Luck in games, in measured doses, is the catalyst which enables shocking game-changers that you'll remember and talk about forever.
Let the Lord of Chaos rule.
My Quick Takes serve to remedy a shortage of concise reviews here. I often read the reviews to want to know briefly what the game is about and if it's worth my time learning or buying, not to read huge paragraphs explaining the rules, strategy and other things I would have no clue about having not played the game (not saying that's bad, just might not be what somebody's looking for; I've actually learned how to play games with deficient rules by reading the reviews here). I hope the Quick Takes will help people who have heard of a game and want to see what it's about, or people who saw a cool-looking game at the FLGS, and need to know what they're buying.
What is the objective/theme of 10 Days in Asia?
Players play the role of travelers trying to create a 10-day itinerary within Asia. The first player to create a legal
itinerary (all the countries he visits in Asia are properly connected) wins the game. Things are made easier through the use
of airplanes, railroads and ships to connect between countries.
What's a sample turn like?
At the start of the game, players draw 10 initial tiles. Every turn, a player draws a tile from the deck or from the discard piles, replaces one of the tiles on his/her rack, and discards the old tile.
What forms of player interaction are there?
Solely through the discard pile. You'll want to discard tiles your opponent doesn't want, and cover up tiles your opponent wants with your discarded tile, so that your opponent can't draw it on his/her turn.
What skills are needed to do well in this game?
- Permutation: You need to quickly calculate how many ways you can connect between different countries, with transportation options accounted for, in order to make the best decision on what to discard. Permutation is important during initial setup, which is a large determinant of who wins.
Example: You draw Russia, which is connected to many countries. You'll want to put it near the middle of your itinerary, so it's easy to go to and from Russia, instead of putting it at the start or at the end, where it is only connected once.
- Tailoring strategy on the fly/Hand management: Things rarely go the way you want in this game, and the loser is often the one who stubbornly sticks to a difficult itinerary.
Example: You need only the Qatar tile to win, but there's only 1 Saudi Arabia tile in the whole deck. You might have to consider modifying the part where you need Qatar.
- Memory: Remembering what tiles were discarded. It'd be useless to wait for a tile that was discarded long ago, and you forgot. Expert players can also, through observing other players' discards and the position they discarded from, infer roughly what tiles other players need.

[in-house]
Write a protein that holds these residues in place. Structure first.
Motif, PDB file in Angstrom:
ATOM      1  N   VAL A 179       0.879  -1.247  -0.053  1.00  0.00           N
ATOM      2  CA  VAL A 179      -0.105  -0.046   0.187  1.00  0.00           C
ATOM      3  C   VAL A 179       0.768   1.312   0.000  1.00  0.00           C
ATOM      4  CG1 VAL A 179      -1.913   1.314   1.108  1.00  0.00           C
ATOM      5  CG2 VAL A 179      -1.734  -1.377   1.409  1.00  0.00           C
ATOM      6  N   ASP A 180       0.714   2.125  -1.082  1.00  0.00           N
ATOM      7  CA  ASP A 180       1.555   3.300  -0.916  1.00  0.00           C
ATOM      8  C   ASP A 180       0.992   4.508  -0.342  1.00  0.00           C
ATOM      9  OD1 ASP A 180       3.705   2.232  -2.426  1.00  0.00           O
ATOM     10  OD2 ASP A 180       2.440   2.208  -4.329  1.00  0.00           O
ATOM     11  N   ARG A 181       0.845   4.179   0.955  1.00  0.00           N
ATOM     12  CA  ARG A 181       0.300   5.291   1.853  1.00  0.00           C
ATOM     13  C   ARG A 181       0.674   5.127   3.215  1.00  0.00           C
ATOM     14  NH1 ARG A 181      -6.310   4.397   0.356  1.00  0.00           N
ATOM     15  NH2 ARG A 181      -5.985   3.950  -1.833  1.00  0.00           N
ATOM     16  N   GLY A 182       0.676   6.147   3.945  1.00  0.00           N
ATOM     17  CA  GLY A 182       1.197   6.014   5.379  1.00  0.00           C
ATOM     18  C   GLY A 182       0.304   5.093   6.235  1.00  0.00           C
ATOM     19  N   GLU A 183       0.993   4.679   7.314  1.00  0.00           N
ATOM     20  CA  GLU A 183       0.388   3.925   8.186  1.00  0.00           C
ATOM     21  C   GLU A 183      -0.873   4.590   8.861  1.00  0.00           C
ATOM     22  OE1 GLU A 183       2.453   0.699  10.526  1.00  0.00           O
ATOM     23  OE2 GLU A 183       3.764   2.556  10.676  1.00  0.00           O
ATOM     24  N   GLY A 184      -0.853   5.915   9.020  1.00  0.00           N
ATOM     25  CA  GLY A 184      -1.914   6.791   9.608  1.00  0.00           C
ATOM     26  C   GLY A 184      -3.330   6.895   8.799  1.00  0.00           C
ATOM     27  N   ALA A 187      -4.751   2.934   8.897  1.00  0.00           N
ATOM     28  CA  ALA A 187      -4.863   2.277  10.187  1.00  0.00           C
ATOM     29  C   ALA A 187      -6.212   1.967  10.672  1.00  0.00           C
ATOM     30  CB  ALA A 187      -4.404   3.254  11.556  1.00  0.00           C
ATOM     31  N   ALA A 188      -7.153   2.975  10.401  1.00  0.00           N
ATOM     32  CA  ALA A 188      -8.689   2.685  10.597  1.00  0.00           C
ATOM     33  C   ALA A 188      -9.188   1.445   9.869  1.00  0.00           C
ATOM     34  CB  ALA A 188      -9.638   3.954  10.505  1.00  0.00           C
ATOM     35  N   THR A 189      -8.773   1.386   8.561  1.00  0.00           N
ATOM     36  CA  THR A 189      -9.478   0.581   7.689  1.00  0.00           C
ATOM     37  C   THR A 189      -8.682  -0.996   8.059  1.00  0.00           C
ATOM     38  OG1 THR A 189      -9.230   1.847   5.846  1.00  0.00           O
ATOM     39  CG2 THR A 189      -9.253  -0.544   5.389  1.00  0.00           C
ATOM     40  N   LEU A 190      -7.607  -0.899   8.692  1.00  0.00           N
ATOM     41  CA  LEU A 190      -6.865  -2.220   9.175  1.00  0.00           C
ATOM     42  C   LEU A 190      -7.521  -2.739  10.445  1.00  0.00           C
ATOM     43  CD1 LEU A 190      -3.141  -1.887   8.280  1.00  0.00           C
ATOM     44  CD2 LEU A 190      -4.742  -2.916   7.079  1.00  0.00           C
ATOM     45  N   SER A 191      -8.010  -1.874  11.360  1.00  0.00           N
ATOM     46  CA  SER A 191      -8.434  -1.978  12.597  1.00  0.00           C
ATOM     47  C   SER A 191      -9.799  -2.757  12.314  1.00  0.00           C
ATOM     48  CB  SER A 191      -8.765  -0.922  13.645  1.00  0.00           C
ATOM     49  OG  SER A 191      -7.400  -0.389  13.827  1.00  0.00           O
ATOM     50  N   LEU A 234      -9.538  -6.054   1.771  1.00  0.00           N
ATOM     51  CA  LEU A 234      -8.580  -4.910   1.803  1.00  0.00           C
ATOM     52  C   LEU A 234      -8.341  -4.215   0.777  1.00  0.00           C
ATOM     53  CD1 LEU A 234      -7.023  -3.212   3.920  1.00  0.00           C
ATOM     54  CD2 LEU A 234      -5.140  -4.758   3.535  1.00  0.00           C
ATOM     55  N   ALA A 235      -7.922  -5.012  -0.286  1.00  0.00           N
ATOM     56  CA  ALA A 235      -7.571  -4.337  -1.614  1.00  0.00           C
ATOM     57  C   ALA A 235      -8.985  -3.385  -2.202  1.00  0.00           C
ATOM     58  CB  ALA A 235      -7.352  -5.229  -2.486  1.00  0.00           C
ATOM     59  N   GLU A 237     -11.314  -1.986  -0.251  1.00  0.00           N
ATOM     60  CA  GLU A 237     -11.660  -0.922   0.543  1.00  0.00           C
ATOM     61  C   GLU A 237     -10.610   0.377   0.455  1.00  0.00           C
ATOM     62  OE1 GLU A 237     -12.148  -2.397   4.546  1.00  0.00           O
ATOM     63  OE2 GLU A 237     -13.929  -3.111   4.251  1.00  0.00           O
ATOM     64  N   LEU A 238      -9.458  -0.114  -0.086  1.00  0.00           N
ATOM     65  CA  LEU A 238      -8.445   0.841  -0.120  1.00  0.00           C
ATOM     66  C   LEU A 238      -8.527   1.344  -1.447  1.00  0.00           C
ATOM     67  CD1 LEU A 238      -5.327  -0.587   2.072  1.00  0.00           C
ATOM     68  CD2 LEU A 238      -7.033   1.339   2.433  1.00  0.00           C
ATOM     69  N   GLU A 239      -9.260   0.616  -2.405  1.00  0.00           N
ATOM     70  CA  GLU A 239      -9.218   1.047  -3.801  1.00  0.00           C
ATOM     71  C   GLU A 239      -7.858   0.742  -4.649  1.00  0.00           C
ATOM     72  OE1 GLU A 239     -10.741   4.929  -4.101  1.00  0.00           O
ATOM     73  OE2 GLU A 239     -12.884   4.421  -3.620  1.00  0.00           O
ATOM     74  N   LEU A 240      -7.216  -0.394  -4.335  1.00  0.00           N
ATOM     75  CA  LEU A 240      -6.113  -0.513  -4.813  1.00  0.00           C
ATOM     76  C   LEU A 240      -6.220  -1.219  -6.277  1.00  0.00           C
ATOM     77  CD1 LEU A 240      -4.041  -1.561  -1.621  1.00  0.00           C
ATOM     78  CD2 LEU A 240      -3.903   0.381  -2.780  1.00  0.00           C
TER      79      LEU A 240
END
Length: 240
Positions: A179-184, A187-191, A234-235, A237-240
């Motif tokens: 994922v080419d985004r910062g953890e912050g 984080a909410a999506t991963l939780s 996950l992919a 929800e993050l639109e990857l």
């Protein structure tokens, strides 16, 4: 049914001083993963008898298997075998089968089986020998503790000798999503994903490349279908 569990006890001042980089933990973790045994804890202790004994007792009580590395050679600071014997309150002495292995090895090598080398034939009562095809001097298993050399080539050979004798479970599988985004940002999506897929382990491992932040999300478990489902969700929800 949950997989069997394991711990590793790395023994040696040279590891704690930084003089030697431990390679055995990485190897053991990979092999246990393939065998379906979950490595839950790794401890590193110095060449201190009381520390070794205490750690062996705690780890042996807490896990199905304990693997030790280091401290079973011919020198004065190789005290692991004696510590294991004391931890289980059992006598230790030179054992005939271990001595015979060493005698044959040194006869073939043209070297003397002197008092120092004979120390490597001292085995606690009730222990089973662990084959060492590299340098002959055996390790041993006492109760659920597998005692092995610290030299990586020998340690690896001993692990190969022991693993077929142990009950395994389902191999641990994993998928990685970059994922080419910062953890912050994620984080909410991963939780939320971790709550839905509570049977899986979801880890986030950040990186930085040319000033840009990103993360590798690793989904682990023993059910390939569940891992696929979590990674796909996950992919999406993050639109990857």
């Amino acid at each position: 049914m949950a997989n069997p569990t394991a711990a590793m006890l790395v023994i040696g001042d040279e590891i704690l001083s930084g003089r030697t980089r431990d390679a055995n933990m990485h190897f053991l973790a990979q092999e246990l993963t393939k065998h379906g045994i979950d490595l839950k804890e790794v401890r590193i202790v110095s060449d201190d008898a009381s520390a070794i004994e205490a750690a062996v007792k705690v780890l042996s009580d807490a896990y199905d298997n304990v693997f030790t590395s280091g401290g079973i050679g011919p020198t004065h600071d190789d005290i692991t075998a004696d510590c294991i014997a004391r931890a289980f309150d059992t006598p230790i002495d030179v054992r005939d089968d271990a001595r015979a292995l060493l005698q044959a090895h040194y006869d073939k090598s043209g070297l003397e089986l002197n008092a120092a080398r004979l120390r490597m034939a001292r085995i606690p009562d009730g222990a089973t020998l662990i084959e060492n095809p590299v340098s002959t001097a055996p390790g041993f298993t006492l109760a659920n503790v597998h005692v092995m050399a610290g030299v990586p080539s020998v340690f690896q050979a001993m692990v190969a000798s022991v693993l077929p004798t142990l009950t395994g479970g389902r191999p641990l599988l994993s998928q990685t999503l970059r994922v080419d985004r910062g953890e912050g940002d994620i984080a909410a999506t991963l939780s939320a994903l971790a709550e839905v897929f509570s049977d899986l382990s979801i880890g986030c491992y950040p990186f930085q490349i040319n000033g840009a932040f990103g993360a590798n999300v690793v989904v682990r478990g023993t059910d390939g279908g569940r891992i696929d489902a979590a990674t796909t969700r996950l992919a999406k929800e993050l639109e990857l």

What game(s) is 10 Days in Asia similar to?
- Mahjong. 10 Days in Asia is almost completely the same as Mahjong, with the only big difference being that you can rearrange your hand however you want in Mahjong.
This game is good as a filler (5-20 minutes), or to learn Asian geography. Play is very easy and straightforward, involving simply drawing and discarding a tile every turn. In fact, most of the game time comes from players trying to find where on the map each country is. In my game group, we ameliorate this by requiring that the player, after discarding a tile, points out where on the map the discarded country is, and plays goes much faster.
Regarding the components, I am disappointed with the game board, as it is just a plain (emphasis on plain) color-coded map of Asia. The game maps in Pandemic, Ticket to Ride etc are all vivid and better designed. True, color is important in this game (it determines which countries can be flown to and from), but even the globe on my desk has nicer colors than this. The tiles are great though. They feel sturdy, and they provide basic geographical information on each country (capital, population, size) which you can peruse if other players take a long time deciding what to do.
This is a good game for non-gamers (hook them with "hey, you get to learn Asian geography!"). It does feel like themed Mahjong to me though, and I'm not sure if I'll play this over Mahjong if I have 4 players. The theme does help, and I'd teach this before Mahjong to new players, just because of it. I'm sure all of us have had numerous headaches planning real-life vacations to foreign countries, and this really helps one relate to the tough decisions and tradeoffs that often come up in
10 Days in Asia.